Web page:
I do know if I were a man, I would be offended of the notion that some people teach that men are so fragile, and insecure that they can’t handle truth telling by their partners, that if they are not met with a quiet surrender and reverent respect in all situations that they might feel such intense pressure, they might not succeed in life or relationships, or God forbid have a breakdown. I submit to you, if that is the case with a man, he needs counseling, not for a woman to enable his insecurity. Are there perhaps, many insecure men in the world today? Perhaps. There are a lot of insecure women too. The truth is, their security needs to be found in Jesus, not in the way someone else speaks to them, doesn’t speak to them, respects them or doesn’t respect them.
With that said, do I believe that when men love women it makes it easier for us to respect them? Absolutely. And do I believe that when we respect them it makes it easier for us to love them? Absolutely. But this does not mean we are not to grant both to each other.
Taking this issue beyond the marriage setting, we have heard recently about a woman who, after being exposed to this lopsided theology decided to “try this” on every man (exclusively) in her office building. This was in an effort to better get along with them and have a better working relationship by understanding how much they “needed it” because of “the way they’re wired.” My question is, isn’t that sort of manipulative, unless she was doing this with all of her co-workers across the board? The fact that God would be asking her to extend this to the men in her company, excluding the women sounds particularly un-Christ like to me. Some would say, “maybe a woman’s goal in doing this is not to manipulate but to rather honor men.” My point to this would be: why would she be honoring men over women, or versus women? There is no scriptural mandate to do so. Unless one is trying some pop psychology experiment, it would seem rather pointless.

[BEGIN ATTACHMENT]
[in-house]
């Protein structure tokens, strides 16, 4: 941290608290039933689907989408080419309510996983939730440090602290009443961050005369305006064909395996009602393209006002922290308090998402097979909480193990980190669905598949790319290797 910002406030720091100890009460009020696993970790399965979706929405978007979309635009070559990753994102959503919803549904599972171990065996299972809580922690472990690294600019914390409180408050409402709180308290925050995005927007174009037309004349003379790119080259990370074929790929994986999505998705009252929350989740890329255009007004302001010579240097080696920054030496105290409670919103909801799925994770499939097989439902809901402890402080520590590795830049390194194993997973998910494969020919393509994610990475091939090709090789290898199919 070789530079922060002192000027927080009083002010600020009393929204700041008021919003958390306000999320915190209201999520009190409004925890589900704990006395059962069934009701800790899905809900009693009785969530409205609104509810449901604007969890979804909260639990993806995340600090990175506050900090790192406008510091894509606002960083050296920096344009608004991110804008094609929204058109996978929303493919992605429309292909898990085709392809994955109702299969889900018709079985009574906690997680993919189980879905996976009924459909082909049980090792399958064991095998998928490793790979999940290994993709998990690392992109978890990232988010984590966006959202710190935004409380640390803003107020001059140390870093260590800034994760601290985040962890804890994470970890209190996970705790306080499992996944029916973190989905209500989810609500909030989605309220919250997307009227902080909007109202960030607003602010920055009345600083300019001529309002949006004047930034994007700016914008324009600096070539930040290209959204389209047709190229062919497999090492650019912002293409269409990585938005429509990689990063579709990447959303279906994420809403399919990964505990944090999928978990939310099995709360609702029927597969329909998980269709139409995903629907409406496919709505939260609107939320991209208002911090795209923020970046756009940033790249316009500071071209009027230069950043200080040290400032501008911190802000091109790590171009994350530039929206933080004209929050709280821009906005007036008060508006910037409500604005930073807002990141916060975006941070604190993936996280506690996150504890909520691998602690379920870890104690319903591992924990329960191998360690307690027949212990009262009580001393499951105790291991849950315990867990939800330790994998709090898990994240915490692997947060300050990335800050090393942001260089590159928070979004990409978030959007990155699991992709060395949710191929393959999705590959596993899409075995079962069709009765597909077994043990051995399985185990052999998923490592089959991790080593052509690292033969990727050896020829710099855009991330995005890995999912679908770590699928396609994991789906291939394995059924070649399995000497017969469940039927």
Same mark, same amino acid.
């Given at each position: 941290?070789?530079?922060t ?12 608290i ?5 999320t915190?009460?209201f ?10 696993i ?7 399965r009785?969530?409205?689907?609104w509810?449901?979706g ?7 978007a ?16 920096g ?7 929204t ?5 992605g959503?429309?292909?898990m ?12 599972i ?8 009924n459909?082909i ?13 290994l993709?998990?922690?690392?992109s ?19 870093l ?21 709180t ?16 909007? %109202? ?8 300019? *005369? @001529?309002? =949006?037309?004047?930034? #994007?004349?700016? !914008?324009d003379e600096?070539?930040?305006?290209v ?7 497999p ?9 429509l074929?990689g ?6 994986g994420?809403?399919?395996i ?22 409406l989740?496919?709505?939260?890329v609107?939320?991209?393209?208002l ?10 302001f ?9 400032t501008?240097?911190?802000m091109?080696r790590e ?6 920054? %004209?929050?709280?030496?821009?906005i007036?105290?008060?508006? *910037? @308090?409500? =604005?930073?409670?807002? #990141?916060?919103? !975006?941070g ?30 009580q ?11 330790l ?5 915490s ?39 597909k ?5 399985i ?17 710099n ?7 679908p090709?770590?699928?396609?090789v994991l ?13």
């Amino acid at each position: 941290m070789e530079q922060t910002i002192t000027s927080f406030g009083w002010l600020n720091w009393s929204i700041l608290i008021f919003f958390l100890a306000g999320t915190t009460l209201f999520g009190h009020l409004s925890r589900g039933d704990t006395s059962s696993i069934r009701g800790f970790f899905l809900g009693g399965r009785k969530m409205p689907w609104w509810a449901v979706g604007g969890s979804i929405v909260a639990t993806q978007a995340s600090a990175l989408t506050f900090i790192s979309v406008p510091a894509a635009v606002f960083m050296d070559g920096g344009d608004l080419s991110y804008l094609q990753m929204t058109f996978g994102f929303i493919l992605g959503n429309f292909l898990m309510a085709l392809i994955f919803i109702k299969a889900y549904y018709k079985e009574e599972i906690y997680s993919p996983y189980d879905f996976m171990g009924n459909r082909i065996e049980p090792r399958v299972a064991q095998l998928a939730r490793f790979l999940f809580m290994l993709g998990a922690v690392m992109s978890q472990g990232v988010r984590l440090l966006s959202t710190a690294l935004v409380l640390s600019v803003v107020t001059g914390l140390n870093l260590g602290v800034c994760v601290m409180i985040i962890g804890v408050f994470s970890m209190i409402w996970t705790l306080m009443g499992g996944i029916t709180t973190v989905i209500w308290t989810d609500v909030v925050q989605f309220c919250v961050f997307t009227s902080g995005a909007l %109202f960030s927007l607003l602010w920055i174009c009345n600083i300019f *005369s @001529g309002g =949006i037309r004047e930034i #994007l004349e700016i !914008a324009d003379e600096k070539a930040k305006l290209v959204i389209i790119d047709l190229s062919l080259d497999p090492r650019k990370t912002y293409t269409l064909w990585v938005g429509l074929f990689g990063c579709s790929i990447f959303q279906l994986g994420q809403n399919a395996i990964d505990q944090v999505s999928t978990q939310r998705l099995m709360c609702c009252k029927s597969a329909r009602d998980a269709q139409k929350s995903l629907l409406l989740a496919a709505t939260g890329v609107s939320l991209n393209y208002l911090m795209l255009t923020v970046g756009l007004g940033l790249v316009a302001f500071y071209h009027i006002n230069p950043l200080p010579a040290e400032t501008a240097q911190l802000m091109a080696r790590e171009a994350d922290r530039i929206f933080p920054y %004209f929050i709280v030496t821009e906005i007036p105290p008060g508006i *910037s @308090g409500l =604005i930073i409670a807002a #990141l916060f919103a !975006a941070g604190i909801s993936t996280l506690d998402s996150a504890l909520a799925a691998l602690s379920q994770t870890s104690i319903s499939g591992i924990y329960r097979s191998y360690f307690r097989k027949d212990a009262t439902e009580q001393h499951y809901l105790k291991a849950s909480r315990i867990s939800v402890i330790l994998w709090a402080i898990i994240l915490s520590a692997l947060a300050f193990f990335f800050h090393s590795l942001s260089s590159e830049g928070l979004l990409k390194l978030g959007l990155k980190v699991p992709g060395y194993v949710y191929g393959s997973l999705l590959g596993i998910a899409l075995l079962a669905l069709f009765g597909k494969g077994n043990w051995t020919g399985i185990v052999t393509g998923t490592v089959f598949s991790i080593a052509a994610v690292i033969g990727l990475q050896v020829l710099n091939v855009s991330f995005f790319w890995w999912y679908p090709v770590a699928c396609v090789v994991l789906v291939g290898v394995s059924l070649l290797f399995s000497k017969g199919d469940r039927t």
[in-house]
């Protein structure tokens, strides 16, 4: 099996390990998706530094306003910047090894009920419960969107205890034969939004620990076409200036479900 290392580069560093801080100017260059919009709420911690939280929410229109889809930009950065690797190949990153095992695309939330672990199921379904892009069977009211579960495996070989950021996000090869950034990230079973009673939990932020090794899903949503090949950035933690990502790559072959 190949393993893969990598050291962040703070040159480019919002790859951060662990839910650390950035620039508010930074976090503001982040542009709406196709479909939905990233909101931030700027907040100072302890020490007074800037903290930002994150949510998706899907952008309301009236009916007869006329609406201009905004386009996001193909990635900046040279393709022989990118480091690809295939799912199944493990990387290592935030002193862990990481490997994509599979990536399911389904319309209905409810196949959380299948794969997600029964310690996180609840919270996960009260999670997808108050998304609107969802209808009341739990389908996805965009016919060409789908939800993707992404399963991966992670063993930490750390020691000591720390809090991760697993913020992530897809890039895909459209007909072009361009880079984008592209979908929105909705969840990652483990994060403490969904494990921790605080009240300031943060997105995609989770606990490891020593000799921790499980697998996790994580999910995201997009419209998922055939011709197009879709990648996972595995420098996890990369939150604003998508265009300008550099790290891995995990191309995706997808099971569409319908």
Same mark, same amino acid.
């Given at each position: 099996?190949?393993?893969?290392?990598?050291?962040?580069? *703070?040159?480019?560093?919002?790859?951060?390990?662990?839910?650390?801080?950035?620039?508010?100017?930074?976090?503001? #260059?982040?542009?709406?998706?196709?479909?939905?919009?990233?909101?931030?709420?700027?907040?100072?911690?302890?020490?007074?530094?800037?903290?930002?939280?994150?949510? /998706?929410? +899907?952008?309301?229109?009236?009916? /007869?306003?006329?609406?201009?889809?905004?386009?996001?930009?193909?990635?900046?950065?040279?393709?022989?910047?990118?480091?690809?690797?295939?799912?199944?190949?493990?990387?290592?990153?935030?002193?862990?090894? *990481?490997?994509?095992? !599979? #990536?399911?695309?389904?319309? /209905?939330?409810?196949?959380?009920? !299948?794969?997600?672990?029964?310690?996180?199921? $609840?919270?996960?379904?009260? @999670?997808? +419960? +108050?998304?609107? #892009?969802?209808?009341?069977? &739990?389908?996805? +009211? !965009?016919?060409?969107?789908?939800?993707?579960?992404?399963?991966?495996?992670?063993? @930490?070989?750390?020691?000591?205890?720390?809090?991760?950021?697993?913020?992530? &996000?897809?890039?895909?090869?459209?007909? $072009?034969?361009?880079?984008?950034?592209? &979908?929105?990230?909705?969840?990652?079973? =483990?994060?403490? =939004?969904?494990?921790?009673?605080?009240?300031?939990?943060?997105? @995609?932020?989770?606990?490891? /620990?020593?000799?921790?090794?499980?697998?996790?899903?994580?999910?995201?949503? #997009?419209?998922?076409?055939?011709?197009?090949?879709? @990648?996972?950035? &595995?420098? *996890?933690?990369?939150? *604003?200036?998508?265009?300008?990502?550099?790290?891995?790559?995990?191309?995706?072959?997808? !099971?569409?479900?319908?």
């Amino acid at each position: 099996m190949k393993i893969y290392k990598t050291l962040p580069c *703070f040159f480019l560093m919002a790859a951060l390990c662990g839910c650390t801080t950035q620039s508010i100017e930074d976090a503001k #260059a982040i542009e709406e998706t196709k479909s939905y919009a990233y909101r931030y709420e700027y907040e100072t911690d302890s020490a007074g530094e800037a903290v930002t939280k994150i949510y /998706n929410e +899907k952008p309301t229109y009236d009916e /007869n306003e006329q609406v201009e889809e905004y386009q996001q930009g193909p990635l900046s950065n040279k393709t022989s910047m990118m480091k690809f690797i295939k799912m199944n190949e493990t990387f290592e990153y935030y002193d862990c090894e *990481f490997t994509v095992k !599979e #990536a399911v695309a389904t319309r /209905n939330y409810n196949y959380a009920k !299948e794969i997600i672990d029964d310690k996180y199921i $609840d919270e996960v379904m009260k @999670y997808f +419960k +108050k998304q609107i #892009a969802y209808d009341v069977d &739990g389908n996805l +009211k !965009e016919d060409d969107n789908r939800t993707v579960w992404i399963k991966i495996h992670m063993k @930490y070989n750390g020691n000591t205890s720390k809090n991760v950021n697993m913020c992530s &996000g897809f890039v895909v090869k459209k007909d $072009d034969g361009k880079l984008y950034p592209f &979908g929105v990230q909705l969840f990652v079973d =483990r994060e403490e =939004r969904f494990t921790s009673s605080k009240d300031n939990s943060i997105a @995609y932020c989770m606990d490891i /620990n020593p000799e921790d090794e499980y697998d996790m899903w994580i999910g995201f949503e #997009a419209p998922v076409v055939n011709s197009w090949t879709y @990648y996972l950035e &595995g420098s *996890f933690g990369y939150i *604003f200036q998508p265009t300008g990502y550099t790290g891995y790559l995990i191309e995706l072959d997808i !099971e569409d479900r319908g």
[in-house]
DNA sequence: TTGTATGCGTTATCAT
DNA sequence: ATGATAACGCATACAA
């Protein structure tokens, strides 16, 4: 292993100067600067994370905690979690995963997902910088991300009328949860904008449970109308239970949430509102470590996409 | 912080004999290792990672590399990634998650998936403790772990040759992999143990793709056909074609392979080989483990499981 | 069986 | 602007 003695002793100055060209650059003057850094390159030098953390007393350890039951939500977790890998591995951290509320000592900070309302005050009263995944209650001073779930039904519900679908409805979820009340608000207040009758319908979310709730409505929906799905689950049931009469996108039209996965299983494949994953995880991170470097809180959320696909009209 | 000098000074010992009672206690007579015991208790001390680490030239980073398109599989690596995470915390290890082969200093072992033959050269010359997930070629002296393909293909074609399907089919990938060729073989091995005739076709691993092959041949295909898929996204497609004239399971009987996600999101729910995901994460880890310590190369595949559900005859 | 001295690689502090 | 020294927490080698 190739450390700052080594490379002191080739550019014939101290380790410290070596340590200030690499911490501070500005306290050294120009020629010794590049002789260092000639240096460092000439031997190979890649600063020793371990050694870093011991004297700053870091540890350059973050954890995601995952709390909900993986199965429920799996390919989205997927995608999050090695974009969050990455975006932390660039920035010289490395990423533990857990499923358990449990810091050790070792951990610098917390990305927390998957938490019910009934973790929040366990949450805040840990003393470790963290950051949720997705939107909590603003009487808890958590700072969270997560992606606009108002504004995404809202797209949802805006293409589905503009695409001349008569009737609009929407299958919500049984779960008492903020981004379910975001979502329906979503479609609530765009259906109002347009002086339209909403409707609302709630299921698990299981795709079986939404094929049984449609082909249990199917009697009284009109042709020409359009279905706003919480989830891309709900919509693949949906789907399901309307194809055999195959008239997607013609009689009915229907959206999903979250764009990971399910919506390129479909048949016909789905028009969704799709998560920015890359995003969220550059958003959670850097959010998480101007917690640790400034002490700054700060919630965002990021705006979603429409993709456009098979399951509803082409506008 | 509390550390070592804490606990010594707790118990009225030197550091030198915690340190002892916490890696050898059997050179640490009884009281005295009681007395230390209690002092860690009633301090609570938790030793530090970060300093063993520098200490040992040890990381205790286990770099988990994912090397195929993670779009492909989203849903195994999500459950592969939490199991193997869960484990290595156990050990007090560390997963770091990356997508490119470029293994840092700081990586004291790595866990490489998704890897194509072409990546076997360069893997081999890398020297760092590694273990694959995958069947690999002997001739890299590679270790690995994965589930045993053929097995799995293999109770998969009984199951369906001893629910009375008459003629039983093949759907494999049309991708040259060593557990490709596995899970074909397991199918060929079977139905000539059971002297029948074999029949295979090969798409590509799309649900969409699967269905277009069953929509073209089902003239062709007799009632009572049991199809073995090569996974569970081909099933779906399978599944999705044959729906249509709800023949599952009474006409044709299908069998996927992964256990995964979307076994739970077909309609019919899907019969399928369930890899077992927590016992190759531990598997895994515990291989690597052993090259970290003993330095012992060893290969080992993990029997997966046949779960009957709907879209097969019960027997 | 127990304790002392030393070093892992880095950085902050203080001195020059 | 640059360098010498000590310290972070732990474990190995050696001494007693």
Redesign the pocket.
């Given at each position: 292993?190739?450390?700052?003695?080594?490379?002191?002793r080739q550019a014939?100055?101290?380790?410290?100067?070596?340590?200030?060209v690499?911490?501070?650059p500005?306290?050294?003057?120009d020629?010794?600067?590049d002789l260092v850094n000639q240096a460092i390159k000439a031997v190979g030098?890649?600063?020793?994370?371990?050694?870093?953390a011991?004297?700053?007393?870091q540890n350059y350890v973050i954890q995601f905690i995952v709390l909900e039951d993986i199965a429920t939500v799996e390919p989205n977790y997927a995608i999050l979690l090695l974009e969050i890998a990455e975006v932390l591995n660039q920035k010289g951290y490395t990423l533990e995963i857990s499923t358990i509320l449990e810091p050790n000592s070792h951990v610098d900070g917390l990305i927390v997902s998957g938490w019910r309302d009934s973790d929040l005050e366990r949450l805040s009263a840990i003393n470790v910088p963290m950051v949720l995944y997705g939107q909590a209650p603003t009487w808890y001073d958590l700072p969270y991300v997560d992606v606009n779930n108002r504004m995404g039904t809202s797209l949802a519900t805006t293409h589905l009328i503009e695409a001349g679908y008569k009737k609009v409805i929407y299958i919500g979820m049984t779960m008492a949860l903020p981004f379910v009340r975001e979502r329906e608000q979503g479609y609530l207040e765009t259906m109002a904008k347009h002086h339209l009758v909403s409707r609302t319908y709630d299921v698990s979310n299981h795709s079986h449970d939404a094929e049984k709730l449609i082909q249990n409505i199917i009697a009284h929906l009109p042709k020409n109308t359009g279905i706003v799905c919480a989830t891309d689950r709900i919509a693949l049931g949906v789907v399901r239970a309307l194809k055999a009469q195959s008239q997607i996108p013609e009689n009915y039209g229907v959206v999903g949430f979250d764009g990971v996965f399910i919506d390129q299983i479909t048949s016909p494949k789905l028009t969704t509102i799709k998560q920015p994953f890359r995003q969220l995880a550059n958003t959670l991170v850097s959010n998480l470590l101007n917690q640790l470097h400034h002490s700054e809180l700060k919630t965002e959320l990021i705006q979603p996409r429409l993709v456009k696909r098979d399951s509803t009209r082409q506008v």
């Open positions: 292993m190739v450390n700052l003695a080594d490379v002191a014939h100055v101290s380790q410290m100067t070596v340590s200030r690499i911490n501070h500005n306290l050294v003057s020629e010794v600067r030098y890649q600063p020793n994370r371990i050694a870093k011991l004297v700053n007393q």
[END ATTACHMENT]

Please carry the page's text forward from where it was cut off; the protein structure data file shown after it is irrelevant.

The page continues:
When I am in a group setting of colleagues of both sexes and we are working on a project, I do not defer to a man in his opinion or way of doing things simply because he is a man in the group. I do not give his opinion more respect than a woman’s, nor answer him in a fashion that gives him deference versus the woman. As long as we are lateral colleagues, I would extend to him the same level of respect that any other man or woman in the group would have and would value his opinion as such but no more, no less. Respect is not to be increased, nor decreased because one is a man or a woman. God expects us to treat all people with courtesy, humility and love no matter what their gender. Even if a person is not in authority, we should still treat them with respect. While we should treat our boss with respect, God is definitely not saying, “treat your boss with respect, but don’t worry about showing care in how you treat your co-workers.” When you break it down, it’s really so simple, you wonder how so many people are missing it.
The danger when a Christian woman speaks out on this is that people get the impression that she is speaking from the standpoint of believing it is okay to disrespect a man. Speaking for myself or Pastor Tara I can say this is definitely not true. We absolutely do believe men deserve respect. We just believe that women do as well…for respect is also an issue of…equal time.
Pastor Deanna Shrodes, Co-Founder of Equal Time